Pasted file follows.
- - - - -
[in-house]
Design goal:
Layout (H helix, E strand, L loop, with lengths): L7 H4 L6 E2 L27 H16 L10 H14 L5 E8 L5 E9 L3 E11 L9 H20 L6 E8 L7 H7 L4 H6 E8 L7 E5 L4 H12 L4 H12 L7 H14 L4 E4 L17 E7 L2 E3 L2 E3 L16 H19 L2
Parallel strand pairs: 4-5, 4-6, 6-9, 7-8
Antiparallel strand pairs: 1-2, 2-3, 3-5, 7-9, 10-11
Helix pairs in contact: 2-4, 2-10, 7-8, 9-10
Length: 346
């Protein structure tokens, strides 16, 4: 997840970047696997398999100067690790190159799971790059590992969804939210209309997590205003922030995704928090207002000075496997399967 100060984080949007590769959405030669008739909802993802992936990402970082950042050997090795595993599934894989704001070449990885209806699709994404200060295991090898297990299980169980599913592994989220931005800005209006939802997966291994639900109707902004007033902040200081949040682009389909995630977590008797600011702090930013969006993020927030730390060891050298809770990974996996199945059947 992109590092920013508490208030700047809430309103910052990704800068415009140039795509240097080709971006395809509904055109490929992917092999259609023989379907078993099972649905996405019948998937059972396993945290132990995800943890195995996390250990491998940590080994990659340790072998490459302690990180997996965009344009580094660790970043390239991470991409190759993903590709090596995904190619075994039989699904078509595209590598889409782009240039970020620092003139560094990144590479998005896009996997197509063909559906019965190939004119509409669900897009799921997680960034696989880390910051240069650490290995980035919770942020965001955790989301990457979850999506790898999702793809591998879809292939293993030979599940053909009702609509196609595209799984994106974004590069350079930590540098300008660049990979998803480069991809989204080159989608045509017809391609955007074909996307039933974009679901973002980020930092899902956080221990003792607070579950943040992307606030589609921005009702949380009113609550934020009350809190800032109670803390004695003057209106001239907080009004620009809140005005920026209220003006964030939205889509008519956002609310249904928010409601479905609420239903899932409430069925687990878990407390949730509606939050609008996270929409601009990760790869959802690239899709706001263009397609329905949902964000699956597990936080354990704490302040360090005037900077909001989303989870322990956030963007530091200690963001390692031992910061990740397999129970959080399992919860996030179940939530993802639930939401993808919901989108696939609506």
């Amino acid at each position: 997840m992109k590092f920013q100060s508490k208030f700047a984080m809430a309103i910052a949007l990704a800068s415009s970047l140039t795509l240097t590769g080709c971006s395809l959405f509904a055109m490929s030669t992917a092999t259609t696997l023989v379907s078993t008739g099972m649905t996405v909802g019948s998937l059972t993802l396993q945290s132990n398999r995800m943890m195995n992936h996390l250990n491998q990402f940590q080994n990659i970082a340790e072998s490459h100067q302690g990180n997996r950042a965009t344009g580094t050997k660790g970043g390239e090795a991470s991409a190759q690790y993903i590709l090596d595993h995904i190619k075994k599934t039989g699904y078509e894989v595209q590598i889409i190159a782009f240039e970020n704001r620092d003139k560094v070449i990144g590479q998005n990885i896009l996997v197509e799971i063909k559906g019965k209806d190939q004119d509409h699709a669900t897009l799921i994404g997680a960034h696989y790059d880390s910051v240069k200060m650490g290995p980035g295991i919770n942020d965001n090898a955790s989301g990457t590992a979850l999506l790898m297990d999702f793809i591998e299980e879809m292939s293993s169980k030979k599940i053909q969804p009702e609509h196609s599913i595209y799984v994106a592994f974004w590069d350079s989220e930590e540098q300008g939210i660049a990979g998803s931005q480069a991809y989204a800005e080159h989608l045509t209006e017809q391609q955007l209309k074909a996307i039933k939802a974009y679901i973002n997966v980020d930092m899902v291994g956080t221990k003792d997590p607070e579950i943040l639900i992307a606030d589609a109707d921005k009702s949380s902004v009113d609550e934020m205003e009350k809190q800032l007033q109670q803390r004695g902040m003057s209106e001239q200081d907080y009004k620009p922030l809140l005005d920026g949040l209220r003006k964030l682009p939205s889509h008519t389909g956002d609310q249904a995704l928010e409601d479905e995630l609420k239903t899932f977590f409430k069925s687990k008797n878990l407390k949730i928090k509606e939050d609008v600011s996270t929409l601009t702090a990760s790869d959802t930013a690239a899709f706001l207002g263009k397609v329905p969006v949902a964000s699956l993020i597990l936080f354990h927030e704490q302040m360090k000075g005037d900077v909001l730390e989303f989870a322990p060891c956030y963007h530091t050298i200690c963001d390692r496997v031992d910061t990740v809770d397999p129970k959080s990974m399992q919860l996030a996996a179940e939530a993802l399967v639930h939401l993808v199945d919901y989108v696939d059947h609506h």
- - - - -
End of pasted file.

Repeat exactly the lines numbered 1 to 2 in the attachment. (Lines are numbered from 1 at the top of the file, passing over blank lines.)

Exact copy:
[in-house]
Design goal: